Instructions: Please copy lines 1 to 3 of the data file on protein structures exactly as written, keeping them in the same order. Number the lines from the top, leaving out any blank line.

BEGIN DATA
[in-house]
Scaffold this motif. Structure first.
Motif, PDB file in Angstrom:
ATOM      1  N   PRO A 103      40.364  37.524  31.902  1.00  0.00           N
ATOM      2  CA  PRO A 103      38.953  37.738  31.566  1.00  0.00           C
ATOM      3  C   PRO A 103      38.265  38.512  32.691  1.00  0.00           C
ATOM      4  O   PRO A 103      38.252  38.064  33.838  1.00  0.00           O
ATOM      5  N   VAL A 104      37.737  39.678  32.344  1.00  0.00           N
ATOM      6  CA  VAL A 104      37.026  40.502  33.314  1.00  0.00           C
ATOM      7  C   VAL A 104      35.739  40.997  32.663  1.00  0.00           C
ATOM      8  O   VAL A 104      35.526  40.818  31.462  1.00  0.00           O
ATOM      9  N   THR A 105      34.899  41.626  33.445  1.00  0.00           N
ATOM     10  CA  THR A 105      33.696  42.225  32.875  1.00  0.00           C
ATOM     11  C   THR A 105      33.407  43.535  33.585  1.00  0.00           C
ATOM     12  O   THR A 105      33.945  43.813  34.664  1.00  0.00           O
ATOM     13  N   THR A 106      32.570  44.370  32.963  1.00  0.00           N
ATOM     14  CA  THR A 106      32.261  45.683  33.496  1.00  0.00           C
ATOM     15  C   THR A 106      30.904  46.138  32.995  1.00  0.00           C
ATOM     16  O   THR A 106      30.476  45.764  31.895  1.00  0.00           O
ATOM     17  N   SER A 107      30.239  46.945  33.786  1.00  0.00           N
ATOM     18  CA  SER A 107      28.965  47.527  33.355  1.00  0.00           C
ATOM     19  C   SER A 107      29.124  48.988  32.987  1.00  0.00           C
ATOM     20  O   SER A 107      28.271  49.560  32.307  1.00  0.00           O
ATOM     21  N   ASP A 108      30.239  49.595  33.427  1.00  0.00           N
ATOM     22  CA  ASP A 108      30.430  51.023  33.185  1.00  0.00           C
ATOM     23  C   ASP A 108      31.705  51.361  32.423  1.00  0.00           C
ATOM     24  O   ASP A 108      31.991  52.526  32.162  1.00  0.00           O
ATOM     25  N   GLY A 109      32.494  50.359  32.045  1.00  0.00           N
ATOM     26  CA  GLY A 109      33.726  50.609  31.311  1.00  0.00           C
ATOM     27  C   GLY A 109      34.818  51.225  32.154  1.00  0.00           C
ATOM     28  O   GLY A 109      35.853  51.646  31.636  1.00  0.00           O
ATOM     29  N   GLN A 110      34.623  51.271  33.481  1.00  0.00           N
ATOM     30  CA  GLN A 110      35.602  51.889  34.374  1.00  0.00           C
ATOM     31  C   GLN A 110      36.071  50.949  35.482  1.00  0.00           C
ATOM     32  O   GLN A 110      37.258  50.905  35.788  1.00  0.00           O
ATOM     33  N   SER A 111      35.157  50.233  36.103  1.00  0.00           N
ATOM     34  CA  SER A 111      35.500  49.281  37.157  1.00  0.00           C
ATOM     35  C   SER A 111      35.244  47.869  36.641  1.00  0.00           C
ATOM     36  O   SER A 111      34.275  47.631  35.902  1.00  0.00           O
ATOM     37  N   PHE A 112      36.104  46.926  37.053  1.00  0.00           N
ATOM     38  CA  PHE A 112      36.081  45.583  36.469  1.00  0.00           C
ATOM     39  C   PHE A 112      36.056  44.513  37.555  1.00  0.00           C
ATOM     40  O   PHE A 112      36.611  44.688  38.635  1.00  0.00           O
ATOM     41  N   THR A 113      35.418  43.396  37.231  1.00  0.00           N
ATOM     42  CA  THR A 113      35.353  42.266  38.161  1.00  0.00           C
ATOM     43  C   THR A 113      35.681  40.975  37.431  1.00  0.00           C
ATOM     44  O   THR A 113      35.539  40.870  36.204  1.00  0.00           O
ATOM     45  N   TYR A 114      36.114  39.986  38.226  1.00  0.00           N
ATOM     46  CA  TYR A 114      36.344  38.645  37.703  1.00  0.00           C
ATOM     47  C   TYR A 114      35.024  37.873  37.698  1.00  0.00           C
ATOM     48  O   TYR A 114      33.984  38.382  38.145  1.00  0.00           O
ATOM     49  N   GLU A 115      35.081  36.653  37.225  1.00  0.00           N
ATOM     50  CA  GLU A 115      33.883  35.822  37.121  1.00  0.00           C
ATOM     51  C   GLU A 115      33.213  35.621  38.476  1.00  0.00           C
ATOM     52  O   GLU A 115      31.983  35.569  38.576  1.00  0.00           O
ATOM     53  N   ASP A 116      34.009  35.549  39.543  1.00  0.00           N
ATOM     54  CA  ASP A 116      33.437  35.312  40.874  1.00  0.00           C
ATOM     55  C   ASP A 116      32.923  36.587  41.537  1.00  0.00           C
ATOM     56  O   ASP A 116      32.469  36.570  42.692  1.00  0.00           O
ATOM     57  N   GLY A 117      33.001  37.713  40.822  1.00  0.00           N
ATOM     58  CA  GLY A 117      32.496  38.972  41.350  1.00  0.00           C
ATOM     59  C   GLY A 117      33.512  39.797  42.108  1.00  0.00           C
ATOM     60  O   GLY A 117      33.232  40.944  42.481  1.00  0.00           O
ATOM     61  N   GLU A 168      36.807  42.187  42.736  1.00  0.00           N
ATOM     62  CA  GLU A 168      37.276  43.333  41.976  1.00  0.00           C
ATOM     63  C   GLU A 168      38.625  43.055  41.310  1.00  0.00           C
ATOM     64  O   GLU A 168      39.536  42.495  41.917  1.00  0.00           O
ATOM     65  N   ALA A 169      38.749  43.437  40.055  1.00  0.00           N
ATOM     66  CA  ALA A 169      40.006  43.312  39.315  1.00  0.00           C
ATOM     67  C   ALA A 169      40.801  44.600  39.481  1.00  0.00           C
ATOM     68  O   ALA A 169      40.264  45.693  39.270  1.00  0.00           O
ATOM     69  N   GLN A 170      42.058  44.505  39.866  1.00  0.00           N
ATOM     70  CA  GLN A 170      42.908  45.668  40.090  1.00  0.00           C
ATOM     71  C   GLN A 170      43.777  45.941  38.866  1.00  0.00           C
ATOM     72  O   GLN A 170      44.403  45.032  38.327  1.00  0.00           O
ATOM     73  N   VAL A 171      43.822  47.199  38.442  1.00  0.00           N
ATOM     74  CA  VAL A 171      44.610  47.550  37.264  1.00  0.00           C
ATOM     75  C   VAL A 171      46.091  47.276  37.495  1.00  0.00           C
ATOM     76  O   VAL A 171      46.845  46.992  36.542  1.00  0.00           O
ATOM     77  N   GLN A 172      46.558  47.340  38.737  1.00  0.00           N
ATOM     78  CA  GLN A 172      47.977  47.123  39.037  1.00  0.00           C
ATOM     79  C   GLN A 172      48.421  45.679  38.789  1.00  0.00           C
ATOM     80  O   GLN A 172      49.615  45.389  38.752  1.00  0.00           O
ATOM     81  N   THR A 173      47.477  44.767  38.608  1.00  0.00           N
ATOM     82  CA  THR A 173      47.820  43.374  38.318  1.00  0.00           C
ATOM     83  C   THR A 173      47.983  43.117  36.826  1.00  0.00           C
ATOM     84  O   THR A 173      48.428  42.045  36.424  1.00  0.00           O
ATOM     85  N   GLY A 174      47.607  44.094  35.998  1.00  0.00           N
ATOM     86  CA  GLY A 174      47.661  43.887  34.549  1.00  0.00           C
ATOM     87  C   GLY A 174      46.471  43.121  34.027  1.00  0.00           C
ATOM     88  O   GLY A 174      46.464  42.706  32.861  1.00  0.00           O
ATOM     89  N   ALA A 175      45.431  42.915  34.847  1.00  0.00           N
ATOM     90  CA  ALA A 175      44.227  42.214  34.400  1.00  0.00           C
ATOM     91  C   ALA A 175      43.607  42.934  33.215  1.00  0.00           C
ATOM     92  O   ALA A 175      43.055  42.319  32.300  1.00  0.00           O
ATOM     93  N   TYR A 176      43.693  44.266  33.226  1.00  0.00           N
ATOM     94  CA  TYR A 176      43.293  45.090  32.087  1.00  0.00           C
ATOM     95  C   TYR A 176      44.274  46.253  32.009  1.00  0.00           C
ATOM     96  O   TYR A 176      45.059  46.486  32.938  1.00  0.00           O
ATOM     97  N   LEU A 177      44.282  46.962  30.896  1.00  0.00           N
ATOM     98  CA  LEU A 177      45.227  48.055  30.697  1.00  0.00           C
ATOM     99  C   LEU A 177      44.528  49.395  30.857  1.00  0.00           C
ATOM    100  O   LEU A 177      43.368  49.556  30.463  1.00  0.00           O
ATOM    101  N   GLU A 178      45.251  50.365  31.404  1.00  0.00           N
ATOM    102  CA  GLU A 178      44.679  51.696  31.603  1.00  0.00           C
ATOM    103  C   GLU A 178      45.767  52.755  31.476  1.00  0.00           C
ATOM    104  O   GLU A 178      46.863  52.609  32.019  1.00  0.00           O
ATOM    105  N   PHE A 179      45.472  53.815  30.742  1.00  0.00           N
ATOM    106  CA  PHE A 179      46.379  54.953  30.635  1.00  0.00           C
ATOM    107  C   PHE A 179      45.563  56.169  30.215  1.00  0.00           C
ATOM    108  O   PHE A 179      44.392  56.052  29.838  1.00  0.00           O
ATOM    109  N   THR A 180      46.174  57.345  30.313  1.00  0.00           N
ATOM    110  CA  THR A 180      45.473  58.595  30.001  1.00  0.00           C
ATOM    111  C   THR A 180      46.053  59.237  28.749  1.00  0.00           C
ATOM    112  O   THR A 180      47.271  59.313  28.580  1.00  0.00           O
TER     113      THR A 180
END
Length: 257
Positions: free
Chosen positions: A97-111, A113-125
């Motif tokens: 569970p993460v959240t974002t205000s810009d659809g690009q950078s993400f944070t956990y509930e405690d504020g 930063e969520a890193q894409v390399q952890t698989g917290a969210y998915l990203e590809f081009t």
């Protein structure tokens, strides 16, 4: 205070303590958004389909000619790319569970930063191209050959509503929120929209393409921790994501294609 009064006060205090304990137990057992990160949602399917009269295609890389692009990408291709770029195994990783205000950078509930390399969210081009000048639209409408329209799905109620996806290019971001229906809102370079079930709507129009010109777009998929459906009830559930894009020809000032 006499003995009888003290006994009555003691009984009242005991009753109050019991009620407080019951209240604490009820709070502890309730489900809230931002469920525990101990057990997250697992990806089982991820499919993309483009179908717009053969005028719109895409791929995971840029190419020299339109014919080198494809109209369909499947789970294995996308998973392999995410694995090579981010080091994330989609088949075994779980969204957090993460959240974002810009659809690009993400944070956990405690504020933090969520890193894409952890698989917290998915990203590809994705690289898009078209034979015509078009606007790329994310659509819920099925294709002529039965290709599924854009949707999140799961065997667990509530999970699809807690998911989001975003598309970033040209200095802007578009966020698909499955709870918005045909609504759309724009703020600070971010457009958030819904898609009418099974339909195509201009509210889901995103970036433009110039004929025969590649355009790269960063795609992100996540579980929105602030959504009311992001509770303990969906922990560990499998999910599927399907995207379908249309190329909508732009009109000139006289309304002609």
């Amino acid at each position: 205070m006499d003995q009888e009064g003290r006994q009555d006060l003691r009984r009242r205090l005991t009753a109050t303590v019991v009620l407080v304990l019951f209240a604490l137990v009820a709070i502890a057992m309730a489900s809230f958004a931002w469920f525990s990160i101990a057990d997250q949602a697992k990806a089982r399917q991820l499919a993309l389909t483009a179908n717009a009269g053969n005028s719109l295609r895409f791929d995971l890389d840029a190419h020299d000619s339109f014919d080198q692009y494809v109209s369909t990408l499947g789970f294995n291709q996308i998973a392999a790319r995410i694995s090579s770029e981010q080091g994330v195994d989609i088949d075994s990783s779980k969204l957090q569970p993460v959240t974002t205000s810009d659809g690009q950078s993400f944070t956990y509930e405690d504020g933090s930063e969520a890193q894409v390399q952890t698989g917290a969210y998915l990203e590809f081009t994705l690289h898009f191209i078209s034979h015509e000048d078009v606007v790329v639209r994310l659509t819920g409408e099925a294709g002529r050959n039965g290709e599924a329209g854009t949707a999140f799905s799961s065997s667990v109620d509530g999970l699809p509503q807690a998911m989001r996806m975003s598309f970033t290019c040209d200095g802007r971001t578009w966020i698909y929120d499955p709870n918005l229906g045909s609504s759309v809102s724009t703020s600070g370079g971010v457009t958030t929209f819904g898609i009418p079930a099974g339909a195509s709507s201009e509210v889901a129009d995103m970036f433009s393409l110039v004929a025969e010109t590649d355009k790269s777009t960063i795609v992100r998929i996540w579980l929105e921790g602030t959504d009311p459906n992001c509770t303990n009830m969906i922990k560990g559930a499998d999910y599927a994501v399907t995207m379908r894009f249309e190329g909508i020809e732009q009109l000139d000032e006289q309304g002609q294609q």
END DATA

[in-house]
Scaffold this motif. Structure first.
Motif, PDB file in Angstrom: